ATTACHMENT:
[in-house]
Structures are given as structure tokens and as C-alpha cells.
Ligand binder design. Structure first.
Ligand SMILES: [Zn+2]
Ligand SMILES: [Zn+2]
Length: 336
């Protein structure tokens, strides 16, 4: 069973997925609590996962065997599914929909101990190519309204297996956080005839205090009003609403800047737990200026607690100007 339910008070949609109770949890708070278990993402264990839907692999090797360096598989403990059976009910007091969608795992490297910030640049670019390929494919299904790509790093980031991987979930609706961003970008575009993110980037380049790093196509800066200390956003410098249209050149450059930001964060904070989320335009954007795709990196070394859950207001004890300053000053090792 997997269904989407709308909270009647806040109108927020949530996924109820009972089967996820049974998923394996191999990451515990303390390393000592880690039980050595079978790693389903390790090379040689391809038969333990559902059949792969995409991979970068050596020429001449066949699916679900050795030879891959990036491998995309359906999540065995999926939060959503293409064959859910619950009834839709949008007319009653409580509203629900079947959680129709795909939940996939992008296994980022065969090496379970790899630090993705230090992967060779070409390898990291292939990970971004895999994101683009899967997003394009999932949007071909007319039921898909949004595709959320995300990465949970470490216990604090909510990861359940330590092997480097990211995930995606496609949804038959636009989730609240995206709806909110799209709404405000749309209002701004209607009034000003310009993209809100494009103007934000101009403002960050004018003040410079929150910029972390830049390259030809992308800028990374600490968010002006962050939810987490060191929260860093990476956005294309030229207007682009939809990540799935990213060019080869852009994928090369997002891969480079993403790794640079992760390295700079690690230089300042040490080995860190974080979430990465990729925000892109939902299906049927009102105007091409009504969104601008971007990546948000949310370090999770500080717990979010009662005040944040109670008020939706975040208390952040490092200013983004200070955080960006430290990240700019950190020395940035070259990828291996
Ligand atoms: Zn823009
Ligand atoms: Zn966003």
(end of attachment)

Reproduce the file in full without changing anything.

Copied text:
[in-house]
Structures are given as structure tokens and as C-alpha cells.
Ligand binder design. Structure first.
Ligand SMILES: [Zn+2]
Ligand SMILES: [Zn+2]
Length: 336
């Protein structure tokens, strides 16, 4: 069973997925609590996962065997599914929909101990190519309204297996956080005839205090009003609403800047737990200026607690100007 339910008070949609109770949890708070278990993402264990839907692999090797360096598989403990059976009910007091969608795992490297910030640049670019390929494919299904790509790093980031991987979930609706961003970008575009993110980037380049790093196509800066200390956003410098249209050149450059930001964060904070989320335009954007795709990196070394859950207001004890300053000053090792 997997269904989407709308909270009647806040109108927020949530996924109820009972089967996820049974998923394996191999990451515990303390390393000592880690039980050595079978790693389903390790090379040689391809038969333990559902059949792969995409991979970068050596020429001449066949699916679900050795030879891959990036491998995309359906999540065995999926939060959503293409064959859910619950009834839709949008007319009653409580509203629900079947959680129709795909939940996939992008296994980022065969090496379970790899630090993705230090992967060779070409390898990291292939990970971004895999994101683009899967997003394009999932949007071909007319039921898909949004595709959320995300990465949970470490216990604090909510990861359940330590092997480097990211995930995606496609949804038959636009989730609240995206709806909110799209709404405000749309209002701004209607009034000003310009993209809100494009103007934000101009403002960050004018003040410079929150910029972390830049390259030809992308800028990374600490968010002006962050939810987490060191929260860093990476956005294309030229207007682009939809990540799935990213060019080869852009994928090369997002891969480079993403790794640079992760390295700079690690230089300042040490080995860190974080979430990465990729925000892109939902299906049927009102105007091409009504969104601008971007990546948000949310370090999770500080717990979010009662005040944040109670008020939706975040208390952040490092200013983004200070955080960006430290990240700019950190020395940035070259990828291996
Ligand atoms: Zn823009
Ligand atoms: Zn966003």